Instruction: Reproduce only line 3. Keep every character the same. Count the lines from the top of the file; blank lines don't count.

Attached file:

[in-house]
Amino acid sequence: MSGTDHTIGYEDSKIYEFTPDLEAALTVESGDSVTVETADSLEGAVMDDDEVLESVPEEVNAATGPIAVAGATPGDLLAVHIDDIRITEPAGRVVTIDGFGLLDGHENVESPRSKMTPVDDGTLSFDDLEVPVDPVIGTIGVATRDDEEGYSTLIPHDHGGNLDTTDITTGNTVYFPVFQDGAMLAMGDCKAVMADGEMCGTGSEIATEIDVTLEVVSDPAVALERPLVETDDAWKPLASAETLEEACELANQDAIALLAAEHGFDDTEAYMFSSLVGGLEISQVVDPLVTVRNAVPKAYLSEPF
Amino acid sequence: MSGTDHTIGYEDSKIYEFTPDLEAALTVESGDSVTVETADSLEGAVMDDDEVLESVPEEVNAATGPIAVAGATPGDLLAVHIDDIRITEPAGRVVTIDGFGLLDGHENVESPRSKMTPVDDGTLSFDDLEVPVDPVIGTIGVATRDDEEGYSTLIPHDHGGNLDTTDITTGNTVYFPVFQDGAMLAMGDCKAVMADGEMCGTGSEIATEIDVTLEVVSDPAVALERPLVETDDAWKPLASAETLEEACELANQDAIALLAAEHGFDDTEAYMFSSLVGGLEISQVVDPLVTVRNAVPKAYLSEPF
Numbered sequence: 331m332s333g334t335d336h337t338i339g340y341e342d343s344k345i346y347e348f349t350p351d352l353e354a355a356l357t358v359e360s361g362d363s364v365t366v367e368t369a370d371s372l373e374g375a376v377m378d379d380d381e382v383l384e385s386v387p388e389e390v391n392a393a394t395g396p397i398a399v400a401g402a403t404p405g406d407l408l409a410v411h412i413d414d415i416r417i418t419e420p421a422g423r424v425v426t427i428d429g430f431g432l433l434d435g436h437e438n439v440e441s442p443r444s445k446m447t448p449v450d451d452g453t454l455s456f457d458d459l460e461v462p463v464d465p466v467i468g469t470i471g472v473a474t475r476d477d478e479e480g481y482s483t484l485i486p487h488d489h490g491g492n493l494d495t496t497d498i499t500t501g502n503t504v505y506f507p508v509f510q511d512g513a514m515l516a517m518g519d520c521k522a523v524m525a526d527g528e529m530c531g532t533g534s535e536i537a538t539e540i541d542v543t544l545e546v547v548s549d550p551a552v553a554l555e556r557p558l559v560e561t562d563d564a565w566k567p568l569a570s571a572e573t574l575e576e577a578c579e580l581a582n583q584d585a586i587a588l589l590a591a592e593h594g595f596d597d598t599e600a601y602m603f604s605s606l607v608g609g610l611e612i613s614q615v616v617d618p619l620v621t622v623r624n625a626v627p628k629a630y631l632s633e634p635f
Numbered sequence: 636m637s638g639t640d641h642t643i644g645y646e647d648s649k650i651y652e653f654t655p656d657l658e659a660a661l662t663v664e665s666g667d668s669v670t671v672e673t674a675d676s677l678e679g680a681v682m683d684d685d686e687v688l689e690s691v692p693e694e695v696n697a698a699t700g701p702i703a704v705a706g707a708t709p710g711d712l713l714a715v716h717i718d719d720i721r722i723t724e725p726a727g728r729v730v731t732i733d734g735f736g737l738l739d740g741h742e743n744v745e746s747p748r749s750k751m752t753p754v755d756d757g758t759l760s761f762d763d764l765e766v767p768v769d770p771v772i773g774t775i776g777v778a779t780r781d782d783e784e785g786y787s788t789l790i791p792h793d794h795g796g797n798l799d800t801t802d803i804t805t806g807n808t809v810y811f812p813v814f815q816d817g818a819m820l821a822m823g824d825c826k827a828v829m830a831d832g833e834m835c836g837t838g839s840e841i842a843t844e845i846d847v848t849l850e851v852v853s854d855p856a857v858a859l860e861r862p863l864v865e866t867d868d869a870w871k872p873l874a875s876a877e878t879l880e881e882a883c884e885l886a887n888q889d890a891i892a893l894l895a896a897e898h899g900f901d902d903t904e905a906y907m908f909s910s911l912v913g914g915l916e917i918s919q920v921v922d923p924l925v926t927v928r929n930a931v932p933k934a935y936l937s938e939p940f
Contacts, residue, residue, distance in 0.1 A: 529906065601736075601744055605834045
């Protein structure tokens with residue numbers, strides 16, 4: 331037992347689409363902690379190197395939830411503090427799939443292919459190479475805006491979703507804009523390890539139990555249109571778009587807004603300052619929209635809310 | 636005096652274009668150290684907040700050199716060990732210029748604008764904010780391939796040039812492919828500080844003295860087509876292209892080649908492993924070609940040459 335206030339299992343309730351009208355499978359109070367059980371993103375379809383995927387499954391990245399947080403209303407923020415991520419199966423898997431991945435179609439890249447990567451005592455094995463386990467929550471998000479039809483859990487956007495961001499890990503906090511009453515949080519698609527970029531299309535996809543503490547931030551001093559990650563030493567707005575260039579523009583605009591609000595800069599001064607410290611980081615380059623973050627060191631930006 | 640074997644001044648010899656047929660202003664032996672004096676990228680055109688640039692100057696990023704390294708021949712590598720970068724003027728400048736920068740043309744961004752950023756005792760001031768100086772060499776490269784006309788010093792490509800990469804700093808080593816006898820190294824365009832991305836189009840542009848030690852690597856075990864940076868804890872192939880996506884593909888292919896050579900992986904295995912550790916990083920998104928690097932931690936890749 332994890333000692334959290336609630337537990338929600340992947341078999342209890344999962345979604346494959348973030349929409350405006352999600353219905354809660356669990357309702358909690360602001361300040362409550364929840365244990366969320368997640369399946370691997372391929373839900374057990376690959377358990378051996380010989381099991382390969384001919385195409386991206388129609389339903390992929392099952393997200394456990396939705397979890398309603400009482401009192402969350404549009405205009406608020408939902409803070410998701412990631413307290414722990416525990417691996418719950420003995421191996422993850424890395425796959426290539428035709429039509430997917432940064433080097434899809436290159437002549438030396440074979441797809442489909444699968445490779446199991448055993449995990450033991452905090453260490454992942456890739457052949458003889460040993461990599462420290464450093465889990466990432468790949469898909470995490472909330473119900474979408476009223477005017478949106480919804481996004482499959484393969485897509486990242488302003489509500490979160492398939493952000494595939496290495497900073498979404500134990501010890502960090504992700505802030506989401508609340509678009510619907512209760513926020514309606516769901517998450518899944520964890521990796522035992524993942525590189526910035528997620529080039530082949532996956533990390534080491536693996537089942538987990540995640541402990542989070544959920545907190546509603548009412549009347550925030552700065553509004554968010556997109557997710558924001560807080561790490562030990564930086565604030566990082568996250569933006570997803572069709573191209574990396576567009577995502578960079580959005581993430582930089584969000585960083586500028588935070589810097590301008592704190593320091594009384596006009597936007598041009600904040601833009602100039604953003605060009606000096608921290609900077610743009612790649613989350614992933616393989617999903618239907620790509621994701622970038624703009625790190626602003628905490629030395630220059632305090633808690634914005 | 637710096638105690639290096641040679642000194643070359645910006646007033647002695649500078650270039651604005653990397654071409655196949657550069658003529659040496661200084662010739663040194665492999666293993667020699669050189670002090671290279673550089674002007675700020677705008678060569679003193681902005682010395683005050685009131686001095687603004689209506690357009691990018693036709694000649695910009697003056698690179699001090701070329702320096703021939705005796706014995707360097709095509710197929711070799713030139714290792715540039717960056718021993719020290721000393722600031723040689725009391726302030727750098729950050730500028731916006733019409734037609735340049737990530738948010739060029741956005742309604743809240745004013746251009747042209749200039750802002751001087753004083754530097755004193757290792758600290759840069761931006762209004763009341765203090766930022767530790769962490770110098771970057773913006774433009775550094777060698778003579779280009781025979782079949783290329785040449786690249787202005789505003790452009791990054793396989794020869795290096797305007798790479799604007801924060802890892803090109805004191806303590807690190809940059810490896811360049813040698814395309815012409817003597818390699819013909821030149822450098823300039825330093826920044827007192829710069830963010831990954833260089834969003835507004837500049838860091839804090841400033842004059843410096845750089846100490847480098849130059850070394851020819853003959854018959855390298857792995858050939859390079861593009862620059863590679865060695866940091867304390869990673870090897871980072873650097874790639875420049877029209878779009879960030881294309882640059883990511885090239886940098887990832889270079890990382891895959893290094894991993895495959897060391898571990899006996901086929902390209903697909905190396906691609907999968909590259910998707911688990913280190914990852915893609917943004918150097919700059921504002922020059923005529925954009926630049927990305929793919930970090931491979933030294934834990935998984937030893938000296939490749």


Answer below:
Amino acid sequence: MSGTDHTIGYEDSKIYEFTPDLEAALTVESGDSVTVETADSLEGAVMDDDEVLESVPEEVNAATGPIAVAGATPGDLLAVHIDDIRITEPAGRVVTIDGFGLLDGHENVESPRSKMTPVDDGTLSFDDLEVPVDPVIGTIGVATRDDEEGYSTLIPHDHGGNLDTTDITTGNTVYFPVFQDGAMLAMGDCKAVMADGEMCGTGSEIATEIDVTLEVVSDPAVALERPLVETDDAWKPLASAETLEEACELANQDAIALLAAEHGFDDTEAYMFSSLVGGLEISQVVDPLVTVRNAVPKAYLSEPF